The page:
For children: holiday treats on TV, from Shirley Temple to Rin Tin Tin
Aside from religious associations and holiday goodies, the Christmas/Chanukah season is also a time when children are home from school and looking for interesting things to do.
WNET, New York, has decided to help parents find things for the kids to do this year and suggests that other PBS stations around the country might want to follow its example.
With a grant from the Heckscher Foundation for Children, WNET is presenting a festival of special daytime holiday programming for children for two weeks, beginning Monday and continuing through Friday, Jan. 3. Every day from 10 a.m., starting with ``Wonderworks'' through early afternoon, there will be fun movies, ice- and roller-skating programs, animated specials, vintage cartoons, and music and dance extravaganzas.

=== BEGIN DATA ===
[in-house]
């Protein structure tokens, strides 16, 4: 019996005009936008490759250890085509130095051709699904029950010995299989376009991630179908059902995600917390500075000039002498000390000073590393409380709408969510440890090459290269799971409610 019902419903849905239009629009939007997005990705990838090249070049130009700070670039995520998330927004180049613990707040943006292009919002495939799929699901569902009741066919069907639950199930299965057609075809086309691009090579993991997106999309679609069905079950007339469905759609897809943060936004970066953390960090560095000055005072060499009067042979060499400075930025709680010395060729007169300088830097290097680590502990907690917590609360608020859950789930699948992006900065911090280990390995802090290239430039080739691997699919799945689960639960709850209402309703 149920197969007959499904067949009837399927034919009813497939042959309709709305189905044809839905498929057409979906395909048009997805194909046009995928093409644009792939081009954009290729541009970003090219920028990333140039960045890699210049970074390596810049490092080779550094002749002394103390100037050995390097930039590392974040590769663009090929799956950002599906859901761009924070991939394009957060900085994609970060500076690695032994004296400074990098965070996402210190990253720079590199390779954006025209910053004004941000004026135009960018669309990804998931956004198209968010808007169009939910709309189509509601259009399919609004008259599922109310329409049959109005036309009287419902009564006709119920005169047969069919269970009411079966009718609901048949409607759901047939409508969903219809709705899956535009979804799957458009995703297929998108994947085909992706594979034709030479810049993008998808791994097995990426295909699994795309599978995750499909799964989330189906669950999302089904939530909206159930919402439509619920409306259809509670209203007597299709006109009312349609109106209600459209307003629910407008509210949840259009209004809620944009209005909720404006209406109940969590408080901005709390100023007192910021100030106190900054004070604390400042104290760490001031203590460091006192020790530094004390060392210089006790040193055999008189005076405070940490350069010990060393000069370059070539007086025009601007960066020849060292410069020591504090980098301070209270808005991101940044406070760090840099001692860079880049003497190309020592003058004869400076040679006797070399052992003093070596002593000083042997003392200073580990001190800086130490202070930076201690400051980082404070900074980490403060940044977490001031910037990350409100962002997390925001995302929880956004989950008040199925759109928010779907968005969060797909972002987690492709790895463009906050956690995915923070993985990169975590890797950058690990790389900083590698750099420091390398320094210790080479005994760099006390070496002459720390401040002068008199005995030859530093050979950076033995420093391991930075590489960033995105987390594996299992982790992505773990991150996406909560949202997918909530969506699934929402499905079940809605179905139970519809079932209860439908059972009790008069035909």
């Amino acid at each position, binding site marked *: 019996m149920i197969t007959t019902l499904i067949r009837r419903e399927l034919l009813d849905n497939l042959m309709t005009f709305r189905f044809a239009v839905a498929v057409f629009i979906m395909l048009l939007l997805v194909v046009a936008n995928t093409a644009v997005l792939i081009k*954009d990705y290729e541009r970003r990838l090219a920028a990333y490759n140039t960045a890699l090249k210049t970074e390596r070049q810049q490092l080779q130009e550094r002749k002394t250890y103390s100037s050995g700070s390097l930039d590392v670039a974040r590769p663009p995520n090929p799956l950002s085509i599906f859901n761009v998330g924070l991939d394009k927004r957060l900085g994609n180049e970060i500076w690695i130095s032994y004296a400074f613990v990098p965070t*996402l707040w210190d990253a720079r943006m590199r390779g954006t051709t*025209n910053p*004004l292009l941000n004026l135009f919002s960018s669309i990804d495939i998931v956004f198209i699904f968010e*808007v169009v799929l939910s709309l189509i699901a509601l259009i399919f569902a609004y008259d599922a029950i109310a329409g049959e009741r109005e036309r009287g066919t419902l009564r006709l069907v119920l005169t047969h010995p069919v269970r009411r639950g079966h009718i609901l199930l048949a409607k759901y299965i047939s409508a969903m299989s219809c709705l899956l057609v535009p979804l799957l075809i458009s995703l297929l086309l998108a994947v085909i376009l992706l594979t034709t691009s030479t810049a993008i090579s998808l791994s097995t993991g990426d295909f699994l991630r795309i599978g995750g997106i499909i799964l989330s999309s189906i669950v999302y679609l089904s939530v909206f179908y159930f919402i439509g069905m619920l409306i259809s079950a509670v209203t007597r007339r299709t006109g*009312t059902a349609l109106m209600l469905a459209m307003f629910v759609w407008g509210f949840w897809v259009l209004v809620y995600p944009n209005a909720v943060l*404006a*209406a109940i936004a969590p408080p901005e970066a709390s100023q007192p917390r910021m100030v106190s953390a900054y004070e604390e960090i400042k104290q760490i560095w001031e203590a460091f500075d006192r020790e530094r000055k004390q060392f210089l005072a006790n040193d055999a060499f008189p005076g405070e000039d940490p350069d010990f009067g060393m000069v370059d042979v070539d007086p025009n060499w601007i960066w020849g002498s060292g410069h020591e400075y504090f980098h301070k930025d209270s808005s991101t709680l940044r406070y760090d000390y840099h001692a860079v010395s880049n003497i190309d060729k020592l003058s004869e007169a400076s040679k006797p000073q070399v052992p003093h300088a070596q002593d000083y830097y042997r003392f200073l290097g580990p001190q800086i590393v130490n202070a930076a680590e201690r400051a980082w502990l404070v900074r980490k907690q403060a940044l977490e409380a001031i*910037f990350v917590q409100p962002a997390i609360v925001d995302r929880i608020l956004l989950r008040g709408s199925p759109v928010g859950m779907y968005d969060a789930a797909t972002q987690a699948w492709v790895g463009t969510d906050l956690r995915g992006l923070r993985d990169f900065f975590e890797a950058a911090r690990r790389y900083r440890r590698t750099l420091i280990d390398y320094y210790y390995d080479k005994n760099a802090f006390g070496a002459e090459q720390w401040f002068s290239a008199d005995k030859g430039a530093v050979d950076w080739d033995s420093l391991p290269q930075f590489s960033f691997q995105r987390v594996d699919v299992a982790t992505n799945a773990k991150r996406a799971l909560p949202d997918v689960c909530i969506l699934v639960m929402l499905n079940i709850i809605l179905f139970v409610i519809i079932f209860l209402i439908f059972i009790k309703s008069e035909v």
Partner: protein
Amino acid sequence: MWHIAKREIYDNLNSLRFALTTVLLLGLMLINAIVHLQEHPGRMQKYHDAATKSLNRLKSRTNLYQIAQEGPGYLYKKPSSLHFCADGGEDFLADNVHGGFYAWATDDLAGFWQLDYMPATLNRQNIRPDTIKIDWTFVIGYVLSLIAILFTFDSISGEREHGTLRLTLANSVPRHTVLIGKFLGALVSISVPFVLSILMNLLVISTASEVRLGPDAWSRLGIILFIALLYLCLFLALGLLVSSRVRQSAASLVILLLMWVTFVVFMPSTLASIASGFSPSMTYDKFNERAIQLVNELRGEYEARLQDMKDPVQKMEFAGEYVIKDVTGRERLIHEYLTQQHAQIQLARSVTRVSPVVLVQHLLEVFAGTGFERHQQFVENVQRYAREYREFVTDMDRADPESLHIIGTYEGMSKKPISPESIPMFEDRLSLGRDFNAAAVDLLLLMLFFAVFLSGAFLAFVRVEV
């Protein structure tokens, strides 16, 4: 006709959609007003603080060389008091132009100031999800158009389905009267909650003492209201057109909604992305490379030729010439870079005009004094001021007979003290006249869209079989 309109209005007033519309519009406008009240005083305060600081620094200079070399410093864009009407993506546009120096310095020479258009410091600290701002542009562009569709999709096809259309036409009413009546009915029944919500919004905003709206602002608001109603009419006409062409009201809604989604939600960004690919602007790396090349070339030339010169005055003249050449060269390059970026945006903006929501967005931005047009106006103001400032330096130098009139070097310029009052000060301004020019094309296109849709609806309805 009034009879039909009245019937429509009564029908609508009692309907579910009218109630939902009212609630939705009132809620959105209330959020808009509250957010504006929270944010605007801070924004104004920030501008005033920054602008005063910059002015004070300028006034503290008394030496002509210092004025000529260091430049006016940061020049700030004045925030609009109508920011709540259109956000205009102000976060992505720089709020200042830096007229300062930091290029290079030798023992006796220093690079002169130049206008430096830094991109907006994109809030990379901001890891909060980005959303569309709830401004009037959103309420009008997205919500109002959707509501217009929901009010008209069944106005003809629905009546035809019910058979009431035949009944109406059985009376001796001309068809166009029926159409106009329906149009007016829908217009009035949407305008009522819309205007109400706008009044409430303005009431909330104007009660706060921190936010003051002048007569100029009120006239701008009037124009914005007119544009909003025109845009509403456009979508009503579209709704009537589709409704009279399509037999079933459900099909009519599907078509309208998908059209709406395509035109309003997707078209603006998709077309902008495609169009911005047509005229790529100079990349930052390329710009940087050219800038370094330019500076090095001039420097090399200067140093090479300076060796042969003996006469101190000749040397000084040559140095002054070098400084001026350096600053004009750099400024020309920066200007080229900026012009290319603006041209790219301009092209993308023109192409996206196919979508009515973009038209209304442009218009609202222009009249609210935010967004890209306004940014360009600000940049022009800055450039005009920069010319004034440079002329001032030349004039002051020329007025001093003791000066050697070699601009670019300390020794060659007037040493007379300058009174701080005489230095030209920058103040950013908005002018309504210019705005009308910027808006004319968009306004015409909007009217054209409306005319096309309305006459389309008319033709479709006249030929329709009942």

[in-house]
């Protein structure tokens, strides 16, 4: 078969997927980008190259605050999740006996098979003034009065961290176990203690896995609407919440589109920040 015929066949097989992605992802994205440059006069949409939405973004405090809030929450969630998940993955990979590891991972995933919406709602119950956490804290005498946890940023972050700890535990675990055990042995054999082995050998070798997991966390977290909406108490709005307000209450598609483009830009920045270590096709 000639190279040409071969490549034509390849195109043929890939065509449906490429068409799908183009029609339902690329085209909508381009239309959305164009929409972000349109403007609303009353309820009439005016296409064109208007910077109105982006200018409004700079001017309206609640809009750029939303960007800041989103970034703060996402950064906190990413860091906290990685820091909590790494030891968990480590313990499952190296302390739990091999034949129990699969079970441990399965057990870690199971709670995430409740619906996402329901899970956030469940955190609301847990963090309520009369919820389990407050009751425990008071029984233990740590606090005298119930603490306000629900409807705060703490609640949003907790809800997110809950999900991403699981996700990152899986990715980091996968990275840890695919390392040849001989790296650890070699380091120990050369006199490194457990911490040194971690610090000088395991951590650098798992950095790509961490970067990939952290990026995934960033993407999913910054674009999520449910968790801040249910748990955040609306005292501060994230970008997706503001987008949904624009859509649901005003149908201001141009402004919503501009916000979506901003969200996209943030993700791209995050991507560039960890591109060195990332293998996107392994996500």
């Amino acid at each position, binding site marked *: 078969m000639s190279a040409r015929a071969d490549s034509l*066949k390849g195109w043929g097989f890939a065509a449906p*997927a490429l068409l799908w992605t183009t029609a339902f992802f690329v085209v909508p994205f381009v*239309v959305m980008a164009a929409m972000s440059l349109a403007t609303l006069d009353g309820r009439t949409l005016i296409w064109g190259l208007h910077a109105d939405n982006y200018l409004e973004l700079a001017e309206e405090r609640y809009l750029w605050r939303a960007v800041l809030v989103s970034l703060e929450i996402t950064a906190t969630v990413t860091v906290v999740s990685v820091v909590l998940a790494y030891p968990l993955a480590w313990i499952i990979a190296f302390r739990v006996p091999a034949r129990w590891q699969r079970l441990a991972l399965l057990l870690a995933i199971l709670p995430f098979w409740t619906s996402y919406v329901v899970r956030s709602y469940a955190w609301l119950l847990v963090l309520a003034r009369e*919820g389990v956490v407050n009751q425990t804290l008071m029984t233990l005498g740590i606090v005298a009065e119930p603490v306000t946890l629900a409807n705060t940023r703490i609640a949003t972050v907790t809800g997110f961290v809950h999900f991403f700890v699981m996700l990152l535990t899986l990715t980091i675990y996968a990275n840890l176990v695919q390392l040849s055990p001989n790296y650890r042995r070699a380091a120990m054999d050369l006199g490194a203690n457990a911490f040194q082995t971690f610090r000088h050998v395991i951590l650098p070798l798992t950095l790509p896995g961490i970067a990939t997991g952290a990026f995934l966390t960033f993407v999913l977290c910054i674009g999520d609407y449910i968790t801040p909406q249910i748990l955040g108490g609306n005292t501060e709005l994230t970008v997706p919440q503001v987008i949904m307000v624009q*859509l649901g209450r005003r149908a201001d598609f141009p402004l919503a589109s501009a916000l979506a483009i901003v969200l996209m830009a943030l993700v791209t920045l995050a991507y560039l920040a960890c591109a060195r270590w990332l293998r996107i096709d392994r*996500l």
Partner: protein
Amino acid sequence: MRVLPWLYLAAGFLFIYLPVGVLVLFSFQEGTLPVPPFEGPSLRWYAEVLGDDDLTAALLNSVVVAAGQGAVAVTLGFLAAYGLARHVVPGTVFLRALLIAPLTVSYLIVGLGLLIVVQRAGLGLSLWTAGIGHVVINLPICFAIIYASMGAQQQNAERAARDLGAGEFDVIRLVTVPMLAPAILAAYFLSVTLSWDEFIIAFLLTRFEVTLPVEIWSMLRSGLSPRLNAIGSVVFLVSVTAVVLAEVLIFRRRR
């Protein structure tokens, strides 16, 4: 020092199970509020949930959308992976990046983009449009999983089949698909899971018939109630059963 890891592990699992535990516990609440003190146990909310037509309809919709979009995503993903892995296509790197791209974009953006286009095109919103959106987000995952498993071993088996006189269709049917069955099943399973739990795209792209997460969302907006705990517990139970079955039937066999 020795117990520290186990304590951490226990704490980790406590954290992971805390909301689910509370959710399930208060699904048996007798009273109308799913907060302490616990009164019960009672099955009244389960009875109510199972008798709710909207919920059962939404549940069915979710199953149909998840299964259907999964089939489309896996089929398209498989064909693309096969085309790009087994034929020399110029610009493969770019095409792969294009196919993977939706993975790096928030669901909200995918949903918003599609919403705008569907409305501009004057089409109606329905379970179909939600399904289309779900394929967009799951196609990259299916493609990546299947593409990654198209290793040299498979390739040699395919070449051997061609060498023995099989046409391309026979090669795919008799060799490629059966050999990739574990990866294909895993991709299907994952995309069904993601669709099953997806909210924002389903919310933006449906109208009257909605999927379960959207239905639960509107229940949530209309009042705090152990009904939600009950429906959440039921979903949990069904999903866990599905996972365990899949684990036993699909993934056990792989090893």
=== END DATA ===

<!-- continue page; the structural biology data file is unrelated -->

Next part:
Some of the highlights: This Monday there will be Shirley Temple in ``Little Miss Marker''; on Tuesday, Truman Capote's ``A Christmas Memory'' and ``Little Lord Fauntleroy,'' the original film with Freddie Bartholomew. You remember him?
There'll be Errol Flynn in ``Kim,'' Shirley again in ``The Little Princess,'' an ice-skating spectacular with 1984 Olympics winner Pete Carruthers as host, the National Roller Skating Championship, and a tribute to screen animals featuring Lassie and Rin Tin Tin.
But not all will be frivolous. On Christmas Day there'll be Bach's Christmas Oratorio, and on New Year's Day a celebration by the Vienna Philharmonic Orchestra as well as a repeat of Jacques D'Amboise's classic ``He Makes Me Feel Like Dancin'.''
WNET programming executives feel that parents can schedule their youngsters' nighttime viewing for themselves; preventing the children from watching ``Dallas'' and ``Dynasty'' has always been their own problem. But during the holidays, with the extra free time, they feel all of us need help with the children. You can't send them outside to play all of the time.
So, for WNET it's ``Deck the halls with boughs of holly; deck the channel with kiddie jollies.'' Already many local PBS stations are taking note, and this may turn out to be the best electronic holiday season ever for youngsters, and thus for adults, too.